Thermo-hydraulic simulations of centrifugal compressors are usually based on a set of information derived from manufacturer design tools that are used for compressor modeling. When operating gas pipelines transportation companies use the simulation tool to predict and anticipate the behavior of the gas pipeline under different scenarios. The operation with different gas compositions from different supplies is not uncommon as well as the exposure to gas quality changes whenever contingencies happen to the gas processing plants. This paper address this important subject, presents a methodology of evaluation, a sensitivity study using different gas qualities and shows the impact on compression overall performance. A compressor is selected based on a set of conditions and then is checked for performance changes when working with different gas quality. The results are presented for comparison purposes and some suggestions are also presented on how to handle this situation to guarantee that the thermohydraulic simulation tools will always provide good results when dealing with natural gas quality changes.
It is not uncommon to operate a gas pipeline with different gas compositions and even in those pipelines where we expect a stable operating condition operating problems from gas supply may cause the gas to be out of specification. The purpose of this paper is to evaluate this scenario and check its influence on centrifugal compressor performance and then suggest a procedure that might help designers, operating companies and also vendors to deal with such a situation.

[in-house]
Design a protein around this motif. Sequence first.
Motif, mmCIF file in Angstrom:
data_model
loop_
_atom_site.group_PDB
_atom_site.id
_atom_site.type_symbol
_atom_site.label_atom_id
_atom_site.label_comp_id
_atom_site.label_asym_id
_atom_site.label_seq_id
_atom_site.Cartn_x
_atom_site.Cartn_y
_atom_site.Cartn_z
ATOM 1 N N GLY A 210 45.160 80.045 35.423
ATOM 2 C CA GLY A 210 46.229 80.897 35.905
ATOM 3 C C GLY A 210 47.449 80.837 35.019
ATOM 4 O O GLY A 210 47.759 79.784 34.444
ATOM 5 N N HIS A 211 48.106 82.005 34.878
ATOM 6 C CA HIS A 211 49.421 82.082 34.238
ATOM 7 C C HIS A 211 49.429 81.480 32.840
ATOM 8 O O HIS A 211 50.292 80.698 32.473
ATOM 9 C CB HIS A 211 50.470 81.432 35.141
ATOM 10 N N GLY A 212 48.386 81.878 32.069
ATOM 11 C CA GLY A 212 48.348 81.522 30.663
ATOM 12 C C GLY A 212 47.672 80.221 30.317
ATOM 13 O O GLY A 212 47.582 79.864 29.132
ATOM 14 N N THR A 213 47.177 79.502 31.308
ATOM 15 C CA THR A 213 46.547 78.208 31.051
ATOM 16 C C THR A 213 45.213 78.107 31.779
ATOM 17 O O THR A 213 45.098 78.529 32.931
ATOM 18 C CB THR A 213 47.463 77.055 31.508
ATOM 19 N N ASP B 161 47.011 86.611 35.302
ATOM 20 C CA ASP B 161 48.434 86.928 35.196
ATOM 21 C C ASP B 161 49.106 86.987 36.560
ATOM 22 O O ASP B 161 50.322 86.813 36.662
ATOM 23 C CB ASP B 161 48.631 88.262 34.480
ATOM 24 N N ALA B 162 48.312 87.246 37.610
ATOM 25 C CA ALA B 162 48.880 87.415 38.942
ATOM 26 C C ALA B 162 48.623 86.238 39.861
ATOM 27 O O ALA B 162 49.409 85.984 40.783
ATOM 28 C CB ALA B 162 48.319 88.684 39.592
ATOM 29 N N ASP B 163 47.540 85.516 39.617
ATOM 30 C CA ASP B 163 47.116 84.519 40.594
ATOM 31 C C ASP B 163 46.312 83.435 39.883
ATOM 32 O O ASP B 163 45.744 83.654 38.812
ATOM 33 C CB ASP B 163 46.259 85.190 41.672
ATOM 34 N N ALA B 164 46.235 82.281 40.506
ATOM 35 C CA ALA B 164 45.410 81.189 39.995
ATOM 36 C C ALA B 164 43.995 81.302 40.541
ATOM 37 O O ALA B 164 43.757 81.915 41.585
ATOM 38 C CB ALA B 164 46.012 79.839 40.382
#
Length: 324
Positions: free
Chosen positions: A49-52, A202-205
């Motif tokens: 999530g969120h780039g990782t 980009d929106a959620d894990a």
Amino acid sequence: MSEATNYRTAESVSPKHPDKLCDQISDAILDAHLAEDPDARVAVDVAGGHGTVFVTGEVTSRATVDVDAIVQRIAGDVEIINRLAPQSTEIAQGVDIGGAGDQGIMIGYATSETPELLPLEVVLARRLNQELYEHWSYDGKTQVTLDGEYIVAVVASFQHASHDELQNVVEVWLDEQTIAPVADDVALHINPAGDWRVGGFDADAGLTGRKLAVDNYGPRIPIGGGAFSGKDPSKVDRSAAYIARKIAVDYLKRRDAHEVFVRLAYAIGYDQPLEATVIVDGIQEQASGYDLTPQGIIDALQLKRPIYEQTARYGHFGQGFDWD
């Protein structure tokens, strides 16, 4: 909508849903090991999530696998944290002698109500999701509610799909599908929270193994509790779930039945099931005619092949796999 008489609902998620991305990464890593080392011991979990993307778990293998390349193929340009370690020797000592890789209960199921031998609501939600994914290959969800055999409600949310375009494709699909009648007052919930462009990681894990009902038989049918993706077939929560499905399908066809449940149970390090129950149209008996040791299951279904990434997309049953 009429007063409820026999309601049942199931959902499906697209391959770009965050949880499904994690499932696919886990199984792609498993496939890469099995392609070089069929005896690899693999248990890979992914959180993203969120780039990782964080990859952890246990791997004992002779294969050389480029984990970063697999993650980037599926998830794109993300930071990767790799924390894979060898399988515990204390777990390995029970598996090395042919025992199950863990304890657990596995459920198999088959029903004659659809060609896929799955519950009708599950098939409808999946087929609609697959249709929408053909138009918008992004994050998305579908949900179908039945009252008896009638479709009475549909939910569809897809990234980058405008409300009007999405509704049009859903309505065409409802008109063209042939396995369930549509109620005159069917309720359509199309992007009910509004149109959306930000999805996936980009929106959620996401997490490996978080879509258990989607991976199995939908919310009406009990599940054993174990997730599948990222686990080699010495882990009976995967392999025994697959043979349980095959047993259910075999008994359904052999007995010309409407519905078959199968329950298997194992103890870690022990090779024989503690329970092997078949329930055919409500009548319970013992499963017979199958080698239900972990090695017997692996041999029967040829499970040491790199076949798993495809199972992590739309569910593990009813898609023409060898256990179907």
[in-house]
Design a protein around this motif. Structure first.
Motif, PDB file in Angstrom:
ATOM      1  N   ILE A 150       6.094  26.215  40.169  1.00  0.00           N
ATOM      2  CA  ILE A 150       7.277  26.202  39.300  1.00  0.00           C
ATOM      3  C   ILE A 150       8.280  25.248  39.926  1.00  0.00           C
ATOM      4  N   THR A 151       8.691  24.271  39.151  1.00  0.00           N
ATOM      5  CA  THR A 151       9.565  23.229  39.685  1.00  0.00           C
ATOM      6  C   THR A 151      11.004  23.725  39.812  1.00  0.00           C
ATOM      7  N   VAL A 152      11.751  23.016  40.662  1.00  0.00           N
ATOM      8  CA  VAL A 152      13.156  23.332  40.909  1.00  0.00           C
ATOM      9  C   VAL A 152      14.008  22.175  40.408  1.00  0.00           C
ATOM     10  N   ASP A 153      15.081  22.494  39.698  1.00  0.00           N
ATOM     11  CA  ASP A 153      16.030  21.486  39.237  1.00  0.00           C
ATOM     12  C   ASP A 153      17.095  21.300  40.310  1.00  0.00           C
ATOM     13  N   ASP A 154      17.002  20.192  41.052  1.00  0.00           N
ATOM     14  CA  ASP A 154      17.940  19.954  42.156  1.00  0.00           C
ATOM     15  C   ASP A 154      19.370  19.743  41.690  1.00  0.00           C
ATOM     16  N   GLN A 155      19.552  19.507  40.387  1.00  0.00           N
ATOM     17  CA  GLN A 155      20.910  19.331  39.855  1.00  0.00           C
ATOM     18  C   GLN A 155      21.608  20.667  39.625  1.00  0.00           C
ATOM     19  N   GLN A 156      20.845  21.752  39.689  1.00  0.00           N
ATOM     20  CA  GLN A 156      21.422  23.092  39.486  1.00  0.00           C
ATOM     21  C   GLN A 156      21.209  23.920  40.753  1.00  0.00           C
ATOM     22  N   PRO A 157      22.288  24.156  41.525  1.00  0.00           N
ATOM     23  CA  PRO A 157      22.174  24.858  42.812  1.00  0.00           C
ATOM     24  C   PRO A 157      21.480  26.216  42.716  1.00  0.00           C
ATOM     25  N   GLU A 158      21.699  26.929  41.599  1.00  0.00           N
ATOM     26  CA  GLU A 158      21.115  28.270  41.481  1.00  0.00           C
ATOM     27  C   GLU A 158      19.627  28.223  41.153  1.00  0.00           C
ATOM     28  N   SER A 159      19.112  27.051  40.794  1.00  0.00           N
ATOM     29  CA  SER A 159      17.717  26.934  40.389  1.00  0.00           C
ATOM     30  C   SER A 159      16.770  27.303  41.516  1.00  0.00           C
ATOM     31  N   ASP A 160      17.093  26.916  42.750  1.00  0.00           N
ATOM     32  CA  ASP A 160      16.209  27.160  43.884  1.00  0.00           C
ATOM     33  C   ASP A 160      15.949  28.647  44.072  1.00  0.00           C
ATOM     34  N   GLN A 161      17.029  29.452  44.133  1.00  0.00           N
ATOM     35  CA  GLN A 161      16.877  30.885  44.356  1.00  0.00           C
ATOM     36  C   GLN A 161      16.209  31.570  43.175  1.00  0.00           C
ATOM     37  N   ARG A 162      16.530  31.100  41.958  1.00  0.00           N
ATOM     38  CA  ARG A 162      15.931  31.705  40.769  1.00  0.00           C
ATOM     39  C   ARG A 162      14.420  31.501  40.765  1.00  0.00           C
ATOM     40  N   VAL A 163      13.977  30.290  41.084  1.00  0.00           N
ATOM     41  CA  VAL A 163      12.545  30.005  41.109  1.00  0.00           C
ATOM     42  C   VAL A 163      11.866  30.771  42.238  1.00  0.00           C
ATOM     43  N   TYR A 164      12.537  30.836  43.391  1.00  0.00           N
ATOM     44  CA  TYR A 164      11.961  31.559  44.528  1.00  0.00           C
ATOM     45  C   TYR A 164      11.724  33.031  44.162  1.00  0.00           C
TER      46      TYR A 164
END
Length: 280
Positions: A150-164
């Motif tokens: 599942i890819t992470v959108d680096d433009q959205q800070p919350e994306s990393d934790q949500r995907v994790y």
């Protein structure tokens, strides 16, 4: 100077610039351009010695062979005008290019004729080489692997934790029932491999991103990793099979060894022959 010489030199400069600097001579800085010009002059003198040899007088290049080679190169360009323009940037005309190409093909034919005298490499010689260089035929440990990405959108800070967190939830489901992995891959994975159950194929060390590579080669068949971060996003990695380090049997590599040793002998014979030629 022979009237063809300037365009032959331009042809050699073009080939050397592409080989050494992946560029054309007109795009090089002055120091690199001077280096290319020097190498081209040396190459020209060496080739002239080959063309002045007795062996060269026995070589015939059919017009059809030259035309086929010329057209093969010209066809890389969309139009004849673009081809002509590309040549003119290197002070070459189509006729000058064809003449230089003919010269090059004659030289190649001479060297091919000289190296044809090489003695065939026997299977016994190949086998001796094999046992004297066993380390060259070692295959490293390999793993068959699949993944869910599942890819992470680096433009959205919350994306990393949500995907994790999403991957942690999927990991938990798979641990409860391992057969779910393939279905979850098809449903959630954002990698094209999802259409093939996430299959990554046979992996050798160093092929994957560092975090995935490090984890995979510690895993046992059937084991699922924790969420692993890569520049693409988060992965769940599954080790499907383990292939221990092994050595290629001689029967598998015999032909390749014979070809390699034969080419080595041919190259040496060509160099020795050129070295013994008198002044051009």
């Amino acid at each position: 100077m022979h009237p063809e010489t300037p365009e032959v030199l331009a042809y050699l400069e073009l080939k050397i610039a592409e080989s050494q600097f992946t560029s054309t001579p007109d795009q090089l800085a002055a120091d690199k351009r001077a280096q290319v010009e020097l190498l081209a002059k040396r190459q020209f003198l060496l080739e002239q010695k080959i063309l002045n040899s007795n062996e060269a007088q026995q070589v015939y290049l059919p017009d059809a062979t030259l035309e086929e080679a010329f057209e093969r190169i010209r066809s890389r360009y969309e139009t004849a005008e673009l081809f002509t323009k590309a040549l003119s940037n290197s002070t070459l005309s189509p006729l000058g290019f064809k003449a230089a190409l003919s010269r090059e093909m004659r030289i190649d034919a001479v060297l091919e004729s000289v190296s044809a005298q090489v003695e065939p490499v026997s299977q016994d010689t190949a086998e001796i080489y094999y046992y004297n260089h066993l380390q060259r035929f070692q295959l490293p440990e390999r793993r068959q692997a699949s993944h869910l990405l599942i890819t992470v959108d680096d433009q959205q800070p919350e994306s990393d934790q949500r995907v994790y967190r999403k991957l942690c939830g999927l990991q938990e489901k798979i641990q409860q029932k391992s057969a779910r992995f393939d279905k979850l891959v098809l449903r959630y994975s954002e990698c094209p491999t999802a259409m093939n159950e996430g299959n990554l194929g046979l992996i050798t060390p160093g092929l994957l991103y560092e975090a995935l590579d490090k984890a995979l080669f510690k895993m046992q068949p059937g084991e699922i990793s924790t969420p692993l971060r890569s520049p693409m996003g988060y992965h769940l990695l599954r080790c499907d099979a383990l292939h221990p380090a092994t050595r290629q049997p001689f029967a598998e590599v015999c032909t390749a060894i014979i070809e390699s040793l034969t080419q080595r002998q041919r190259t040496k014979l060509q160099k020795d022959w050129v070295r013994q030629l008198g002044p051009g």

The development of centrifugal compressor and gas turbine design through the last 20 years has been impressive. Pipeline compressors now routinely achieve or exceed 85% isentropic efficiency, while exhibiting wide operating ranges. The study of operating scenarios suggests certain requirements for the compression system. Beyond the quest for higher compressor peak efficiencies, the operating requirements set forth in this study, as well as in other references (Kurz, 2001) require a compressor capable of operating over a wide operating range at high efficiency.
The proposed methodology assumes that the gas volumes to be delivered to the market (Gas Fired Power Plant or Local Distribution Company) are energy based. Different gas compositions have different LHV (Low Heat Value) and for the same amount of energy gas volumes may differ significantly impacting compressor performance, temperature and pressure drop across the pipeline.
The following steps were adopted:
Identify different gas compositions
Run thermo-hydraulic simulations using generic compressor
Pre-select compressors and drivers based on the thermo-hydraulic results
Check compressors efficiencies
Check the overall efficiencies for compressor units (Compressor + Gas turbine)
Perform technical and economic evaluation
Make the final decision on the equipment selection.
The thermo-hydraulic simulations were performed using generic compressors and drivers, in steady state, for three different gas compositions.